Victoria has reported 15 deaths and 725 new cases of coronavirus, its highest total ever.
The figures are worse than the previous records of 723 new cases and 13 deaths on Thursday.
A man in his 30s has become Australia’s youngest person to die from the disease. No information has been released about him except for the fact that he is not a healthcare worker.
The other people who died were three men and one woman in their 70s; three men and three women in their 80s; and three men and one woman in their 90s.
Twelve of the 15 deaths and 250 new cases were recorded in aged care homes which are under severe strain.
Premier Daniel Andrews announced that non-urgent elective surgery, which has already been suspended in Melbourne, will now also be cancelled in all of Victoria to free up nurses and doctors.
‘This is a regrettable decision but it is very important one in order to preserve sufficient capacity in our entire health system,’ he said.
Melbourne has been in stage-four lockdown since Sunday with schools shut, weddings banned, and citizens restricted to within a 5km radius of their homes.
Between 8pm and 5am, residents are only allowed to leave their house for work and essential health, care or safety reasons.
Thousands of businesses including pubs and shops have been ordered to close from 11.59pm on Wednesday, putting 250,000 people out of work.
At the same time, stage three restrictions that allow people to only leave home for work, exercise, care and essential shopping will be introduced across Victoria.
From Thursday, all essential workers in the city will be required to show a permit if pulled over by police to prove they are allowed to leave their homes.
Some workers, such as nurses and police officers, can use their official identification while others have to apply for the permit online, which must be signed by themselves and their employer.
Businesses caught issuing permits to workers who do not meet the requirements face fines of up to $99,123, while individuals can be fined up to $19,826.
Only essential workers will be allowed to send their children to child care with a permit.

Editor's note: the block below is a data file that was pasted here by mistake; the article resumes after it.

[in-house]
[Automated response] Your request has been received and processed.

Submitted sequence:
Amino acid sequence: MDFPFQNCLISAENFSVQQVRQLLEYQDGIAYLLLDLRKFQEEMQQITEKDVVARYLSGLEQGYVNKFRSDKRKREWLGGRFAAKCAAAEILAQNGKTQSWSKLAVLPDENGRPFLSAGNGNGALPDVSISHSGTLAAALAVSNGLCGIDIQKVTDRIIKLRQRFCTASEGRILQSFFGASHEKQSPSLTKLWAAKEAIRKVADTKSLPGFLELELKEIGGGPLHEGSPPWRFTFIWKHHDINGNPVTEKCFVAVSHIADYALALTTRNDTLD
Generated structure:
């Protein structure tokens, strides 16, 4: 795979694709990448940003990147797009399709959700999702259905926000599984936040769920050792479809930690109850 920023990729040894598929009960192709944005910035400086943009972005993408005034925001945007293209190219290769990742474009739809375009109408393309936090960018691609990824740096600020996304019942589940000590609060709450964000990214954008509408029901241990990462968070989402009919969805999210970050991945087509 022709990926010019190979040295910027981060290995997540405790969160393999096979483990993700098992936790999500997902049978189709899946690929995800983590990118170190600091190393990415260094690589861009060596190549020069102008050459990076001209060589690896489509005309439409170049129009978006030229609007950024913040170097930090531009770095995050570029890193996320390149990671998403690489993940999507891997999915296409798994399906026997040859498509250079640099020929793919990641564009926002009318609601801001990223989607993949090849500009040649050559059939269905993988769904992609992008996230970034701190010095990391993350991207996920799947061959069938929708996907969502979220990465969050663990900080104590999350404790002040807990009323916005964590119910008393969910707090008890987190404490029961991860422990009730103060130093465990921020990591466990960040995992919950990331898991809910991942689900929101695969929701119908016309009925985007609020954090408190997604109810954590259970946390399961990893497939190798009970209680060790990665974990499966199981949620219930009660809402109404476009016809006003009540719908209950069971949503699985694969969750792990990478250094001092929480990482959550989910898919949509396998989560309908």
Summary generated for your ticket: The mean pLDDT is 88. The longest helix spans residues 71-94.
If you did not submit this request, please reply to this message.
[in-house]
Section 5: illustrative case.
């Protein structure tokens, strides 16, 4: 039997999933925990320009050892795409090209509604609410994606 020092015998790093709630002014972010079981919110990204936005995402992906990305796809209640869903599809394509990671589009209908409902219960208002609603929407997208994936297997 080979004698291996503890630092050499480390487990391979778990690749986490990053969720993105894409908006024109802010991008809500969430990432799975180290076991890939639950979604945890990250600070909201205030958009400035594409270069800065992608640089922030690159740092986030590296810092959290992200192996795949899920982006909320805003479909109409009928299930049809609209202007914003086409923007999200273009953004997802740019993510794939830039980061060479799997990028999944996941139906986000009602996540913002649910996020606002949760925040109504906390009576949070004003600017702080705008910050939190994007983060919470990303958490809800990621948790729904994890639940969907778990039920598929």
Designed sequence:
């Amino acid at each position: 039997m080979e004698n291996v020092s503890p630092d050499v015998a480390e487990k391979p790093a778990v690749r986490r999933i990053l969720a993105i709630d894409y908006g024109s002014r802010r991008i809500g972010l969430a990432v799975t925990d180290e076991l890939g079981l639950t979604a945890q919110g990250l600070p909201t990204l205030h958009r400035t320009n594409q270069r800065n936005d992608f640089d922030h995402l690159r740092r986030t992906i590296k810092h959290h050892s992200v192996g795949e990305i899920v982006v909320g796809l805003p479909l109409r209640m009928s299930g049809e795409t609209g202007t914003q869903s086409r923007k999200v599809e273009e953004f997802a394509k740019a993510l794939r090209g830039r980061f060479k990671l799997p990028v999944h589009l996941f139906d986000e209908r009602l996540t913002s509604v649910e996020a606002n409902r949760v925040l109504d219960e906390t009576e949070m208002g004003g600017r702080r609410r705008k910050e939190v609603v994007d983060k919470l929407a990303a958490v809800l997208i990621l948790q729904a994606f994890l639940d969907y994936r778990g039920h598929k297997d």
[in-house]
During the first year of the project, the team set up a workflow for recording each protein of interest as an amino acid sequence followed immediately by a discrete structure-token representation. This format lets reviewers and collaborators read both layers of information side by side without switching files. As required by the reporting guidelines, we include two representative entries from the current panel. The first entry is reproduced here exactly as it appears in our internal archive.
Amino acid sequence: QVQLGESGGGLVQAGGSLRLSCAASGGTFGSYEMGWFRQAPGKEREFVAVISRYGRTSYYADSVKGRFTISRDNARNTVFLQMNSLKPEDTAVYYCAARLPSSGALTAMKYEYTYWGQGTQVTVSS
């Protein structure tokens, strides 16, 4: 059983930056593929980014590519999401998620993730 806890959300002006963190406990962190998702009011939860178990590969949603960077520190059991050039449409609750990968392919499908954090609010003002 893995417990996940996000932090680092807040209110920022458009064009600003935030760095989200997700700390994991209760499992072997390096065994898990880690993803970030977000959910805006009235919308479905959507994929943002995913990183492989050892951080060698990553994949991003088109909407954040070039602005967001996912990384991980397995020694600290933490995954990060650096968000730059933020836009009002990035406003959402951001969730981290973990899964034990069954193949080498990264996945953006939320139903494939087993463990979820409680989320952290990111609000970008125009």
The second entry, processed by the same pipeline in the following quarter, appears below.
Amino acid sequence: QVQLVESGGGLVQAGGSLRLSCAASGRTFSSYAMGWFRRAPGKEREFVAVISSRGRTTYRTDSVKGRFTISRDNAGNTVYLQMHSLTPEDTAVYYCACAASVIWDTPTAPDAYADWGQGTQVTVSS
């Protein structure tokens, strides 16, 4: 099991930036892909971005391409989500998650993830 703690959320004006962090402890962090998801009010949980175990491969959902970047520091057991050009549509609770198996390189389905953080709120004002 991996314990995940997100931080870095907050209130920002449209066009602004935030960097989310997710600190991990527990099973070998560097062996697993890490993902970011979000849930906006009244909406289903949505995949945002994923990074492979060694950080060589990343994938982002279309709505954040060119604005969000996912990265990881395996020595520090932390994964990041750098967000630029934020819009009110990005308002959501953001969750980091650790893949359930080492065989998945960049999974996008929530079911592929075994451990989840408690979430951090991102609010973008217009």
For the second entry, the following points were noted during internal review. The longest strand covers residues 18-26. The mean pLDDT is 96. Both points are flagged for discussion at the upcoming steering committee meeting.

‘There will be many, many families who will not be able to access child care as they normally would and that is essential to driving down movement, it is essential to driving down these numbers,’ Mr Andrews said.
Liberal MPs have accused the Premier of running a ‘police state’ due to the amount of permits required.
‘The decision by Daniel Andrews to require child [care] permits is terrifying and another sign that he has turned Victoria into a Police State,’ wrote James Newbury, MP for Brighton.
On Tuesday night, Premier Daniel Andrews tweeted three photos showing the city’s streets empty and thanked Victorians for sticking to the rules.
The premier shared seven photos across two posts – including some showing the Tullamarine Freeway and the M80 Ring Road.
Both are normally filled with traffic and act as major arteries going in and around central Melbourne.
In the caption, Mr Andrews wrote simply: ‘Thank you.’
It comes as federal Education Minister Dan Tehan unveils a rescue package for childcare in the state.
Parents will be given an extra 30 days of allowable absences so they can keep their children enrolled even if though cannot send them to care unless they are essential workers.
Prime Minister Scott Morrison said the initiative would secure childcare spots, while ensuring no centres closed or jobs were lost.
‘We are providing a triple guarantee for childcare in Victoria, supporting thousands of Victorian parents and hundreds of jobs,’ the Prime Minister said.
‘Parents will not be required to pay a gap fee when their children are not attending and we will continue to pay their subsidies to childcare facilities.’
Victoria recorded 439 new cases on Tuesday and another 11 deaths, bringing the national toll to 232.
Mr Morrison said there had been unacceptable outcomes in the most severely affected care homes.
‘There’s over 430 aged care facilities in Melbourne and what we’ve had is some horrible outcomes in a couple,’ he said.
‘There’s been about half a dozen that have been in an acute sense but the balance, even those with COVID cases, have been managing very well.’
Victorians who have used up all their sick leave can get $1,500 from the federal government if they have to self-isolate for two weeks.
The pandemic leave will also be on offer in other states that declare a state of emergency.
Unions and Labor have been pushing for a national scheme, stressing the need to prevent outbreaks triggered by workplace transmission.
‘That option is there for other states and territories where they believe they need to move to that stage,’ Mr Morrison said.
Queensland will close to people from NSW and the ACT from 1am on Saturday despite Canberra having no active cases and not recording a new infection for almost a month.
NSW recorded 12 new cases on Tuesday, with all linked to known sources.
Mr Morrison said about a quarter of Victorians with coronavirus were not home when Australian Defence Force, police or health officials visited.
‘That’s just not on,’ he said.
Heavy fines will be in place for sick Victorians refusing to stay home as Australia’s harshest lockdown begins in the beleaguered state.